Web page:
Illyrian fibulae

From Wikipedia, the free encyclopedia
Jump to navigation Jump to search

Illyrian fibulae or brooches were widely used by Illyrians and were very common in Illyria. Some types of fibulae are one of the few objects that all of the Illyrians used and some are even used to declare the distribution of Illyrian people. Illyrians loved ornaments, and on festive occasions their womenfolk would appear heavily draped with all manner of jewellery. Several varieties of fibulae have a distinctive evolution in Ilyria, notable the Spectacle brooch of two concentrically wound spirals attached to the pin. The Glasinac fibula was a variant of the simple bow-fibula which is common among many Illyrians. Other forms which appear in the early Iron Age include those and with bosses on the arch, animal-shaped brooches, serpent-shaped and plate-brooches, the last being distinctively Liburnian.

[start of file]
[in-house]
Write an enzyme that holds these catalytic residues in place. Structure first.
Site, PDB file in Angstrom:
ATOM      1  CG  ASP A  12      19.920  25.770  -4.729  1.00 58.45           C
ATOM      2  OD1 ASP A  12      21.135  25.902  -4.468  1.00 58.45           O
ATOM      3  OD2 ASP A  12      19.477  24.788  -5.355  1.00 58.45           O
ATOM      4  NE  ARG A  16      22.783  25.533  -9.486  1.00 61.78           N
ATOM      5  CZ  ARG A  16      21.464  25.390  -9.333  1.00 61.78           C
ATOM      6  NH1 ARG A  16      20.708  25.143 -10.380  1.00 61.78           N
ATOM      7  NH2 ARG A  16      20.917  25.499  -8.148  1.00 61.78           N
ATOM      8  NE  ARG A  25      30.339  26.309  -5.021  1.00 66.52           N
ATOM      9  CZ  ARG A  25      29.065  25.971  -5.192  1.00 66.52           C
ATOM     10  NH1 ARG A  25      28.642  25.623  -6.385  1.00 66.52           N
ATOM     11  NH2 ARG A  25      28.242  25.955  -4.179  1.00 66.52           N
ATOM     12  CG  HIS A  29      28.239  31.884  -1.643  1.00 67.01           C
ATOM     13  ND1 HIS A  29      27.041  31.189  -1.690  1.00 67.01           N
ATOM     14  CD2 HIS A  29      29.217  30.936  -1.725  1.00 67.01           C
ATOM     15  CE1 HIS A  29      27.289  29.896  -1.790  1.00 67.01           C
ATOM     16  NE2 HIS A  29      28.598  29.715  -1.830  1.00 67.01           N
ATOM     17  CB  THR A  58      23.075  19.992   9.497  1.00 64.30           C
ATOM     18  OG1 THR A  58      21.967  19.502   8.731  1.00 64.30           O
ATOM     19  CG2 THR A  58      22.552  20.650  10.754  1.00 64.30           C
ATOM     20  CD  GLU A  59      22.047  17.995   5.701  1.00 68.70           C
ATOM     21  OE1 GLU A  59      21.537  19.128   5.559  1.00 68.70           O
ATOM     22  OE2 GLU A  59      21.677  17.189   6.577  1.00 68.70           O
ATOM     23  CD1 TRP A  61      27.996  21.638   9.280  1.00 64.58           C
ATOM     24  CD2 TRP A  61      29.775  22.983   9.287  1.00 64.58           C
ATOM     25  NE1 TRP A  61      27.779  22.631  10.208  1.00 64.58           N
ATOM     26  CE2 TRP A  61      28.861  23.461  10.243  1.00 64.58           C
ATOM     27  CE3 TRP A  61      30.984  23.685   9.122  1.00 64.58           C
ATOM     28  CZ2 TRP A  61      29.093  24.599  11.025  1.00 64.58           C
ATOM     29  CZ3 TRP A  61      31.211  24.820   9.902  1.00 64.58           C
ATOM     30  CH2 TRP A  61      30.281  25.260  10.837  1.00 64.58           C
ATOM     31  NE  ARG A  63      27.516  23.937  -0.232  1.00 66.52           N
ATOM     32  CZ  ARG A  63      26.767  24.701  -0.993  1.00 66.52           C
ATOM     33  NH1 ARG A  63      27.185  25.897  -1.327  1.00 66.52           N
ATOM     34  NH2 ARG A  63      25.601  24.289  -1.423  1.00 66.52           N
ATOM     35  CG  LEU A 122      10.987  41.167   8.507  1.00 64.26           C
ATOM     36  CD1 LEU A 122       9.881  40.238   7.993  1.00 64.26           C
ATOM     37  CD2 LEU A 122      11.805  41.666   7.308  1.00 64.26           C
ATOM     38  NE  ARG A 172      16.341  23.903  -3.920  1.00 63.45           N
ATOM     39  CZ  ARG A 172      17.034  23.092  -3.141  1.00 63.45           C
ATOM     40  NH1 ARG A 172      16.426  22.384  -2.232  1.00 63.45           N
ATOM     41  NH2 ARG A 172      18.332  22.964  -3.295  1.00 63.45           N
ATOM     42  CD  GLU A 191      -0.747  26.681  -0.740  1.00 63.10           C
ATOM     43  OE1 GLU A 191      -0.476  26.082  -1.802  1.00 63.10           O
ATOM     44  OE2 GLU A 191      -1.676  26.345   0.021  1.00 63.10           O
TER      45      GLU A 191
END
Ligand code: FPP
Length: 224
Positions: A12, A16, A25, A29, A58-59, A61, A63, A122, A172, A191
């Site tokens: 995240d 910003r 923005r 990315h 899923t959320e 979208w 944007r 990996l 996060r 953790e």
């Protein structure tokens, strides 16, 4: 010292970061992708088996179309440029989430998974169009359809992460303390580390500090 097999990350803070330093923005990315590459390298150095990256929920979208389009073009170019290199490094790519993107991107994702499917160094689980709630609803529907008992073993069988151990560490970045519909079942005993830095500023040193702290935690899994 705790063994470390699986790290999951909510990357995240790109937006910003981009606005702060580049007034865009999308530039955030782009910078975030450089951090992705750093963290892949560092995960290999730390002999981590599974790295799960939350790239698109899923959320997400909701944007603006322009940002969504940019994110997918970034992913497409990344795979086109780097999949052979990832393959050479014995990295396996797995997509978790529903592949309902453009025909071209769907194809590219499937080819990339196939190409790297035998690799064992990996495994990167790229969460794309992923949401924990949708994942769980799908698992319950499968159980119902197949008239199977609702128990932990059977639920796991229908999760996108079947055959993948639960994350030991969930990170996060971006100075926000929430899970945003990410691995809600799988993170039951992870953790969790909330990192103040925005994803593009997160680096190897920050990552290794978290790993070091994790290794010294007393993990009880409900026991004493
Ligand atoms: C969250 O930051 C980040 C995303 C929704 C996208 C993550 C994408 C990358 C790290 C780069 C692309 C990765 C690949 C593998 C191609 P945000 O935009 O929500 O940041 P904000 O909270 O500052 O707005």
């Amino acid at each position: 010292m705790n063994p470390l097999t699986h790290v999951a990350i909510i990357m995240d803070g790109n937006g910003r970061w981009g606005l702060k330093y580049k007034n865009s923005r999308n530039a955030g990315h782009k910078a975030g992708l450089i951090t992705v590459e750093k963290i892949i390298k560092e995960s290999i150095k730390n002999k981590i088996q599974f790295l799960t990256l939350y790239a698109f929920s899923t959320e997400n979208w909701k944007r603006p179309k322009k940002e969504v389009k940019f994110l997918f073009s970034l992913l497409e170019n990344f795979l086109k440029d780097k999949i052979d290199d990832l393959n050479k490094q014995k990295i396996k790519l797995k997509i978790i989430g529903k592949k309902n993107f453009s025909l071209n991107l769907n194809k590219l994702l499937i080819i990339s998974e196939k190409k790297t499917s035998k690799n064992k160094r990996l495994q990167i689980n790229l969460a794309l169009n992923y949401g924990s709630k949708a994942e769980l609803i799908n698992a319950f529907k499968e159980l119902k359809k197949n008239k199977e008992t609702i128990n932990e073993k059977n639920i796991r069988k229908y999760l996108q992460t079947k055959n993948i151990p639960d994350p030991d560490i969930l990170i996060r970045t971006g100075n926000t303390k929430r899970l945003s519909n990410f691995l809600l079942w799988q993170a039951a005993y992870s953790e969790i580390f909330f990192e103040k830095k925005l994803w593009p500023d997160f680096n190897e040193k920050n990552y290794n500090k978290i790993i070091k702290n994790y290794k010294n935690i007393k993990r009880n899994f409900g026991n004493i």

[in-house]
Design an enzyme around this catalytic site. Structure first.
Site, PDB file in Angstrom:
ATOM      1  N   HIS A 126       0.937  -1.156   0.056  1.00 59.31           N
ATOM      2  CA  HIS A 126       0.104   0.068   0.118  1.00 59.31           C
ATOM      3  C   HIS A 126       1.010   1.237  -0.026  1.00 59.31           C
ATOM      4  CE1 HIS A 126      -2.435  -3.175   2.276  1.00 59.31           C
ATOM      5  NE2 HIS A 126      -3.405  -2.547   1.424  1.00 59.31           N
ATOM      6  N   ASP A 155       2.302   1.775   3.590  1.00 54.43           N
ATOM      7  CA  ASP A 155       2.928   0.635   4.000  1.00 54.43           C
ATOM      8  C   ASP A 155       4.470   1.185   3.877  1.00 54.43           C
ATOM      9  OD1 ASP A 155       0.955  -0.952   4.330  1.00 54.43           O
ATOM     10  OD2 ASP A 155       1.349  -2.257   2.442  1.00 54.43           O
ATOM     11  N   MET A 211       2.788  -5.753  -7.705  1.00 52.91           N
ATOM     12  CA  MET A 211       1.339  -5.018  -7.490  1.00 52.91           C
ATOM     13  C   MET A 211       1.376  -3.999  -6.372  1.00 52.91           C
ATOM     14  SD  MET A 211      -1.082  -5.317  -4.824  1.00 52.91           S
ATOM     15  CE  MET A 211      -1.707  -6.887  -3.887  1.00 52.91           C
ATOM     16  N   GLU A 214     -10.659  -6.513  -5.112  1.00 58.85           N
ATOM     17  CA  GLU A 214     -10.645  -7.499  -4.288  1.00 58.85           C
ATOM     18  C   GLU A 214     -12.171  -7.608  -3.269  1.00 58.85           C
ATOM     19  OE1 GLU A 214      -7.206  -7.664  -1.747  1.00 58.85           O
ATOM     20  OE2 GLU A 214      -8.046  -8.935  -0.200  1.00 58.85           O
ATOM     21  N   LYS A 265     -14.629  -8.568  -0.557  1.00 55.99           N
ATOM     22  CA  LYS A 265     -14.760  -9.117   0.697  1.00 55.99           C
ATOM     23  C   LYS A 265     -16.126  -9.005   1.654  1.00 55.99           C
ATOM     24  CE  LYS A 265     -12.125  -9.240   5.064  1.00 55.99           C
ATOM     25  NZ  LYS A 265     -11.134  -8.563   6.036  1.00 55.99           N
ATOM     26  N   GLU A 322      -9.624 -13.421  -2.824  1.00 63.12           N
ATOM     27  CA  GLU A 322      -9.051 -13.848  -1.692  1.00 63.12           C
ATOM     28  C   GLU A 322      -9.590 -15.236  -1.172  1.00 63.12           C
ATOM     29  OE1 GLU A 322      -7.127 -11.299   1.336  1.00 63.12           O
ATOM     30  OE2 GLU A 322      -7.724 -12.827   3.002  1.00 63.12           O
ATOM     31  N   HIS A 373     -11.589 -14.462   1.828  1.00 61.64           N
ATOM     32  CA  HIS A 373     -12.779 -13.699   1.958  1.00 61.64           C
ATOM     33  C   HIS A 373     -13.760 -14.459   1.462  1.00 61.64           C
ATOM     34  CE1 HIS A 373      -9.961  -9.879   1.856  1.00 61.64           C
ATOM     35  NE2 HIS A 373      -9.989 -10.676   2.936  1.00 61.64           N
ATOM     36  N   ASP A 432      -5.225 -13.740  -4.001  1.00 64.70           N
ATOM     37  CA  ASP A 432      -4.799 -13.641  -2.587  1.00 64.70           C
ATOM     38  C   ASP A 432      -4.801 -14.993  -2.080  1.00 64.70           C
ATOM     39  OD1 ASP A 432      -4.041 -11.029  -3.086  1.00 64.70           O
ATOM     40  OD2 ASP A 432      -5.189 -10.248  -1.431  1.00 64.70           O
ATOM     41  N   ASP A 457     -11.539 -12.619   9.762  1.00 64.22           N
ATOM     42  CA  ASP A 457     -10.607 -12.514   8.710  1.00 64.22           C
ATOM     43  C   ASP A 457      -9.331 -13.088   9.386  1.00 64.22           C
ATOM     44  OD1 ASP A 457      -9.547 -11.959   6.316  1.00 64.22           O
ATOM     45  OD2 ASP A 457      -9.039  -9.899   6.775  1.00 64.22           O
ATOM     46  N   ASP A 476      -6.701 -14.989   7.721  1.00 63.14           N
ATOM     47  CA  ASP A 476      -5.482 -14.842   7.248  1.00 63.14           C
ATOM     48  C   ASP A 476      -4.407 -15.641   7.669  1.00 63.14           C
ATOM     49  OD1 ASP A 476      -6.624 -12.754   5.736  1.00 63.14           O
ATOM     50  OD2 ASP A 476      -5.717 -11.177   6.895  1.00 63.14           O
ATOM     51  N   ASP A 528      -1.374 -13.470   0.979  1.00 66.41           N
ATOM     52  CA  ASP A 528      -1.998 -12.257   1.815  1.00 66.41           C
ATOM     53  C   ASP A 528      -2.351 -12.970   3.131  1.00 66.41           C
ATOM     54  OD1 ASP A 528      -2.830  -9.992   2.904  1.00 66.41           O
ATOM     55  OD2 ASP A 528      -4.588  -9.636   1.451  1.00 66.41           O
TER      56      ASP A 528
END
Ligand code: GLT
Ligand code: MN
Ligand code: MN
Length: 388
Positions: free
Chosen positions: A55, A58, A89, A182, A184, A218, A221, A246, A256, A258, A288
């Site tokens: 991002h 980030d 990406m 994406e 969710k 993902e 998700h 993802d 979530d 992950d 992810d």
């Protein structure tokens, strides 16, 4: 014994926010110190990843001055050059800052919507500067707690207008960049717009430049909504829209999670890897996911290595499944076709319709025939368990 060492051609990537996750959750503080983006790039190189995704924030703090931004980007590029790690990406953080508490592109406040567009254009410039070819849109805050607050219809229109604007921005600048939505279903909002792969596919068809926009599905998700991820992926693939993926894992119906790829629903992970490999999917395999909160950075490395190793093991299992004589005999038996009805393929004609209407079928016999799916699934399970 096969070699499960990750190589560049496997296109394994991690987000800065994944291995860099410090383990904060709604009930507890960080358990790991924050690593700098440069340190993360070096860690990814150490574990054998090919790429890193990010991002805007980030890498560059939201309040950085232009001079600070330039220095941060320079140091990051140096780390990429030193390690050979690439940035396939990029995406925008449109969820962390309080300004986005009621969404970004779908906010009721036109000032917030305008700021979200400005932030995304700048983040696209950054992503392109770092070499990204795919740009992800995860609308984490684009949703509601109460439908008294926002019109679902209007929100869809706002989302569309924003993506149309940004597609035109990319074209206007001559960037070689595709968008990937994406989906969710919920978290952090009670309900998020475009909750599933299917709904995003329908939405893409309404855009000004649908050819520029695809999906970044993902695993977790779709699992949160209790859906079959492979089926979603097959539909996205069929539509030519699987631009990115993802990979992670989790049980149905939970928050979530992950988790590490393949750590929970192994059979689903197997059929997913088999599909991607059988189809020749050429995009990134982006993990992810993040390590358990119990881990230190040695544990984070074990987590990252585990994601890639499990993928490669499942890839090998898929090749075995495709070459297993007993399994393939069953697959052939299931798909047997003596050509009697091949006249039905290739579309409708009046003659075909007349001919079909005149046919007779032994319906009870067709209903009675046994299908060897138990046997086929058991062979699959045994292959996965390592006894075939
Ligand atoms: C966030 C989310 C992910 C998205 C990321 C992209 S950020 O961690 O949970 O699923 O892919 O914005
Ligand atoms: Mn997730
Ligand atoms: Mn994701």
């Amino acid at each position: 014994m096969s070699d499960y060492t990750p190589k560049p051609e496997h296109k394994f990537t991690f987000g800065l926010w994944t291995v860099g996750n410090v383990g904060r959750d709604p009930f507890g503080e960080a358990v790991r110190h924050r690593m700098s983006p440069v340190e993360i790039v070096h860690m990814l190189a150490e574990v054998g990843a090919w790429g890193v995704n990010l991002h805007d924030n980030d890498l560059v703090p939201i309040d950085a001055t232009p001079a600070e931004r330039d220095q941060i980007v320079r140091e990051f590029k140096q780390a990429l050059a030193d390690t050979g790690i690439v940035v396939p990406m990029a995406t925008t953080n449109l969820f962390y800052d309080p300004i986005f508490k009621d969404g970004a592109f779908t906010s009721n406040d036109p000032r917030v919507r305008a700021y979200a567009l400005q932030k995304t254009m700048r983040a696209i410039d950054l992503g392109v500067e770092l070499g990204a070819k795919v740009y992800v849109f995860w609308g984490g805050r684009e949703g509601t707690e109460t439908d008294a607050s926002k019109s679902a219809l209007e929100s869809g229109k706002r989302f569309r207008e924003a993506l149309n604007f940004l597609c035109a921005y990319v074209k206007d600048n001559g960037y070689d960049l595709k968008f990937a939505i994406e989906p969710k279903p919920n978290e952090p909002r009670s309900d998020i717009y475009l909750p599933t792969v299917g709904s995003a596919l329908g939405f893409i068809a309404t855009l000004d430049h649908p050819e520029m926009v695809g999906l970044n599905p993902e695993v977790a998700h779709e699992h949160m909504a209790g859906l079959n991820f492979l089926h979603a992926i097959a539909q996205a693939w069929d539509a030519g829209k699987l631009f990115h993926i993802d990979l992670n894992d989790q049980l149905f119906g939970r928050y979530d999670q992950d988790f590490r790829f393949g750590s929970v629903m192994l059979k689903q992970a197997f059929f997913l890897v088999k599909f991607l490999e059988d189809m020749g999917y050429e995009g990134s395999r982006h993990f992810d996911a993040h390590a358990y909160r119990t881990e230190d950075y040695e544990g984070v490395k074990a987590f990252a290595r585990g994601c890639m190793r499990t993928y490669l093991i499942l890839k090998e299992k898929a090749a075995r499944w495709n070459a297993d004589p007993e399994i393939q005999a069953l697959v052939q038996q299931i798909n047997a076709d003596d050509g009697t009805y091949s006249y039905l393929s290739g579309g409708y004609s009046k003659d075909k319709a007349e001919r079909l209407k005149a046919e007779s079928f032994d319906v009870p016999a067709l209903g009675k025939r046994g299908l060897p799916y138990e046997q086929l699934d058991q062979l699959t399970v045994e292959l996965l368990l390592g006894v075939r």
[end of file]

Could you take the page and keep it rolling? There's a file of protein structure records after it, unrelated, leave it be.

A significant later import was the heavy brooch with a large arch and long arm named from the site of Certosa near Bologna. Another distinctive brooch, often made in silver and with a wide arch in the form of open petals, is named from the fine examples found at Strpci on the Drina river near Gorazde. This type seems to have been popular among the southern Illyrians and is believed to be modeled on Greek forms.[1]


  1. ^ Wilkes, John J. (1995). The Illyrians. Oxford: Blackwell Publishing. ISBN 0-631-19807-5.

See also[edit]